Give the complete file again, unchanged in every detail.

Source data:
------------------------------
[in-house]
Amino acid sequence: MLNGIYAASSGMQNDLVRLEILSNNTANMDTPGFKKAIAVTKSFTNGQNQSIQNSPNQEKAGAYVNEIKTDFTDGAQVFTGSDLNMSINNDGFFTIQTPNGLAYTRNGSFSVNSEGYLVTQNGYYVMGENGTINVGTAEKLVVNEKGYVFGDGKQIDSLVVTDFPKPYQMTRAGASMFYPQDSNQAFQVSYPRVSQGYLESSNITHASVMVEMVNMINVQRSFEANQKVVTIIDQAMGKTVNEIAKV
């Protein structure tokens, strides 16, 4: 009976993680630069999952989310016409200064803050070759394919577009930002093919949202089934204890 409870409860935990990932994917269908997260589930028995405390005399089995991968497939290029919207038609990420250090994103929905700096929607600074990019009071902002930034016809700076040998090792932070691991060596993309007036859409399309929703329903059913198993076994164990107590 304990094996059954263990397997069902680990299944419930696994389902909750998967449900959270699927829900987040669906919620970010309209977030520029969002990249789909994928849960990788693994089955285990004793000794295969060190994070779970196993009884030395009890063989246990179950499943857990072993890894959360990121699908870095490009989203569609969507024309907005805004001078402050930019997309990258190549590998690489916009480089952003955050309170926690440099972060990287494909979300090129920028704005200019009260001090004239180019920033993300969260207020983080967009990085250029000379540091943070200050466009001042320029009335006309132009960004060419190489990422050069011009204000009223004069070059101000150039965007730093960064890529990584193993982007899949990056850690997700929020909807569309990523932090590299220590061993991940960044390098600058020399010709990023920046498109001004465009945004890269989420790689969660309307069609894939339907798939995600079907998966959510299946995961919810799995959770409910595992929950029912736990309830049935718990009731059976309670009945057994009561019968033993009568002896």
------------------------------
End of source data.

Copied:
[in-house]
Amino acid sequence: MLNGIYAASSGMQNDLVRLEILSNNTANMDTPGFKKAIAVTKSFTNGQNQSIQNSPNQEKAGAYVNEIKTDFTDGAQVFTGSDLNMSINNDGFFTIQTPNGLAYTRNGSFSVNSEGYLVTQNGYYVMGENGTINVGTAEKLVVNEKGYVFGDGKQIDSLVVTDFPKPYQMTRAGASMFYPQDSNQAFQVSYPRVSQGYLESSNITHASVMVEMVNMINVQRSFEANQKVVTIIDQAMGKTVNEIAKV
């Protein structure tokens, strides 16, 4: 009976993680630069999952989310016409200064803050070759394919577009930002093919949202089934204890 409870409860935990990932994917269908997260589930028995405390005399089995991968497939290029919207038609990420250090994103929905700096929607600074990019009071902002930034016809700076040998090792932070691991060596993309007036859409399309929703329903059913198993076994164990107590 304990094996059954263990397997069902680990299944419930696994389902909750998967449900959270699927829900987040669906919620970010309209977030520029969002990249789909994928849960990788693994089955285990004793000794295969060190994070779970196993009884030395009890063989246990179950499943857990072993890894959360990121699908870095490009989203569609969507024309907005805004001078402050930019997309990258190549590998690489916009480089952003955050309170926690440099972060990287494909979300090129920028704005200019009260001090004239180019920033993300969260207020983080967009990085250029000379540091943070200050466009001042320029009335006309132009960004060419190489990422050069011009204000009223004069070059101000150039965007730093960064890529990584193993982007899949990056850690997700929020909807569309990523932090590299220590061993991940960044390098600058020399010709990023920046498109001004465009945004890269989420790689969660309307069609894939339907798939995600079907998966959510299946995961919810799995959770409910595992929950029912736990309830049935718990009731059976309670009945057994009561019968033993009568002896």